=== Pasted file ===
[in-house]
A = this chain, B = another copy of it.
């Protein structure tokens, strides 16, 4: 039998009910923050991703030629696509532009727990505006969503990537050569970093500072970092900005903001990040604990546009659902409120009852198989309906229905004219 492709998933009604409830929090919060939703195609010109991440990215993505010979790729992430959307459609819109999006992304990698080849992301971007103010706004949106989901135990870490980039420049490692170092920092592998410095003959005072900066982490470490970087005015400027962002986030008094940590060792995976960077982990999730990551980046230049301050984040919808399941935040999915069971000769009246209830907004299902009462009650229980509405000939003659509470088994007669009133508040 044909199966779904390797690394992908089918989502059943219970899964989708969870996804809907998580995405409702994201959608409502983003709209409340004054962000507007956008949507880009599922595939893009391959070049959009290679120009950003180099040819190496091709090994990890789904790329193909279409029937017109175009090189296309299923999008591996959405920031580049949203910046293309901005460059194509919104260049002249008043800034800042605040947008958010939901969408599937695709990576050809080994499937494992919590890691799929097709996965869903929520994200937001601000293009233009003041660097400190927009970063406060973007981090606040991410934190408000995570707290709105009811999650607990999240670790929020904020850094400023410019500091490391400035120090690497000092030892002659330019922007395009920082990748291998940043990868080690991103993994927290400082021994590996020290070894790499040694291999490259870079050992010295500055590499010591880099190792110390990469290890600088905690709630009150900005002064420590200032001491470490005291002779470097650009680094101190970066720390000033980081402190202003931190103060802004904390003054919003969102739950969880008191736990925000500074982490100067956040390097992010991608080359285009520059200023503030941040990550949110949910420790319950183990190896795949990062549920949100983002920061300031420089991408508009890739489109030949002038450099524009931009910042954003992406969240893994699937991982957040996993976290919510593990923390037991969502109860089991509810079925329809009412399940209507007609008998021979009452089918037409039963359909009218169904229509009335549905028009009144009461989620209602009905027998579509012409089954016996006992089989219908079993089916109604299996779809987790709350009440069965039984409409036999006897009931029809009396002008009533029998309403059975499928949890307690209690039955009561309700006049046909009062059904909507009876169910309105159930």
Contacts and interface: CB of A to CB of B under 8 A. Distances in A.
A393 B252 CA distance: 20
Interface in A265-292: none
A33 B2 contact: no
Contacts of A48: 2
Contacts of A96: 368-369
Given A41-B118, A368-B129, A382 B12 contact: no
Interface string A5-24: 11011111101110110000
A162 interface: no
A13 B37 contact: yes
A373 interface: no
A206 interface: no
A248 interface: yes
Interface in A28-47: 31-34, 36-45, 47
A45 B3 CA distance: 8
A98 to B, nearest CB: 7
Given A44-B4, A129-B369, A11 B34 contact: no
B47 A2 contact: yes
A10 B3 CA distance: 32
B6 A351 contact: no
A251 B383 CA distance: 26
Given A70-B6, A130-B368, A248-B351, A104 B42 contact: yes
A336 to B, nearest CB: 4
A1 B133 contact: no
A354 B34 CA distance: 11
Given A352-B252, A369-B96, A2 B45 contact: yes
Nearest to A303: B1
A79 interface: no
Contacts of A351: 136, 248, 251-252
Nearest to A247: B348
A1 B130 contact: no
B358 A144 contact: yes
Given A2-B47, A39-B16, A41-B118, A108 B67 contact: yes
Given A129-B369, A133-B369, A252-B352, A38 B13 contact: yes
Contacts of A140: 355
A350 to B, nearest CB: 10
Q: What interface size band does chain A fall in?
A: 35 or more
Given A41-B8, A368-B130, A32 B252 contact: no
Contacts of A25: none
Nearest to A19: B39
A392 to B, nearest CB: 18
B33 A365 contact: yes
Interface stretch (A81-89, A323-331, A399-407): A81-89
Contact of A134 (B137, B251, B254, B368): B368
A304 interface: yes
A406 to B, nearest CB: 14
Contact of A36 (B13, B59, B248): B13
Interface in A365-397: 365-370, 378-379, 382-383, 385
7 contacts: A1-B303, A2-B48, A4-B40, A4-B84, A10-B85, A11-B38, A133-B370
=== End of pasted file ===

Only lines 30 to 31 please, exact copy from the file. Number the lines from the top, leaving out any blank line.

Nearest to A303: B1
A79 interface: no